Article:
Hydro Racing

Follies fanatics: Roar of hydroplanes music to the ears of these race aficionados

When Chris Denslow attended his first Tri-City Water Follies as a boy in 1973, he was blown away by the hydroplanes' awesome speed and power.

"You have big, loud boats shooting hundreds of feet of water behind them," he said. "What's not to be captivated by?"

Follies fans like Denslow are looking forward to a competitive weekend of races as boats hit the river today for qualifying and testing, and rev up for heats Saturday leading up to the final races Sunday afternoon.

Kathy Powell, Follies event director, estimated 50,000 people jostled for waterfront views along the Kennewick and Pasco shorelines last summer. She thinks that number could climb this year.

"There's so much early enthusiasm, and our private area sold out early," Powell said. "We suspect there will be a bigger crowd this year."

Merle Oliver, 71, of Kennewick, remembers a time when the races were even more popular than they are today.

He's been a Follies fan since 1966, attending every year except 1970, when his daughter was in the hospital on boat race weekend.

"In those days, you could hardly walk around the park it attracted so many people," Oliver said. "That was quite an experience."

Like Denslow, Oliver was amazed by the boats and how the riverbank shook as they sped by. But he also was enamored of the racers themselves, especially Bernie Little, who owned the Miss Budweiser boat that raced from 1966 to 2001.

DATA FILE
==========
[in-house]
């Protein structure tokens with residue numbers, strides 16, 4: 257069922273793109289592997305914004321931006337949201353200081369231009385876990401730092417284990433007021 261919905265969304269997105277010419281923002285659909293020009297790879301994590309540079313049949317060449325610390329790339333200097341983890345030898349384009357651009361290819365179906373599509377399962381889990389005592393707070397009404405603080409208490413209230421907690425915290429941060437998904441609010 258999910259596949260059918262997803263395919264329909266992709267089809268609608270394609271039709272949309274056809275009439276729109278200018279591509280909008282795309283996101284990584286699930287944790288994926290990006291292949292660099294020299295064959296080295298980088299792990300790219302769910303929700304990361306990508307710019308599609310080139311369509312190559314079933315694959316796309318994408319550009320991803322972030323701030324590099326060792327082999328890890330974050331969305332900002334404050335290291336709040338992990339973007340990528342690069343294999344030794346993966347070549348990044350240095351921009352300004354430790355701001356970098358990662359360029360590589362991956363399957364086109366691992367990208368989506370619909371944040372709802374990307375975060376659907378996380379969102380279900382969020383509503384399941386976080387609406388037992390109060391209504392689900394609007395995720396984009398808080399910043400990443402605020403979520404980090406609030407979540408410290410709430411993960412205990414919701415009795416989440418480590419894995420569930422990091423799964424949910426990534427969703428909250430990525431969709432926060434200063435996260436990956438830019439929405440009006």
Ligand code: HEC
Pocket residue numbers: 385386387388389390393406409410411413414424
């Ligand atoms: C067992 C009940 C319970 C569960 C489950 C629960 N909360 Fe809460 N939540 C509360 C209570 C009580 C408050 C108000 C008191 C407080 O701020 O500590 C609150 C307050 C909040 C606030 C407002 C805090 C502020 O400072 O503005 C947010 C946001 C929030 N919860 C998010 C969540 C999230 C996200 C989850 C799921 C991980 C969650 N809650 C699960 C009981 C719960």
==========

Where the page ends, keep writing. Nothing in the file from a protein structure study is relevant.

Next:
Little died in 2003, but his legacy of supporting hydroplane racing lives on.

"I drank Budweiser beer, so naturally (Miss) Budweiser became my favorite," Oliver said. "(Little) was positive. He wanted to win. I got to meet him later. ... I don't think they'll ever replace him."

Denslow recalls that hydroplane racing was as popular when he was a kid as NASCAR is now. He hopes to see a resurgence in the sport.

The races are part of a six-city circuit sanctioned by the American Boat Racing Association. Similar races in Seattle in August and San Diego in September will complete the season, and Denslow will attend them all for the first time this year to photograph the races. He's published several books of his photos from past Tri-City boat races.

But before Denslow started creating memorabilia, he collected it, starting with booster buttons in the 1970s and 1980s, when each team had its own.

He has hundreds of buttons -- too many to count -- from simple text buttons to one from Detroit's Gold Cup race featuring a photo he shot.

He was even pictured in a photo of Follies button collectors that ran in the Herald in 1975. He still has a yellowed copy tucked away in plastic.

He also has assorted patches, miniature hydroplanes, programs and other collectibles from over the years.

He expects this year's races to be some of the best competition he's seen.

"There will be a lot of good racing going on," Denslow said. "If you haven't already gotten a ticket, get one and get down there because it's going to be fun this year."

Admission is free today but parking costs $5. A general admission ticket, valid Saturday and Sunday, costs $25 for adults and $5 for children ages 6-12.

Tickets for general admission are $15 Saturday and $25 Sunday for adults and $5 for children ages 6-12 both days. Bleacher seats cost an extra $5 for adults and children 6 and up. Parking will cost $10 Sunday.

Pit access daily passes can be bought at the gate for $10.

Tickets are available at area Albertsons stores. Daily passes can be bought at the gate.

For more information, go to www.waterfollies.com.

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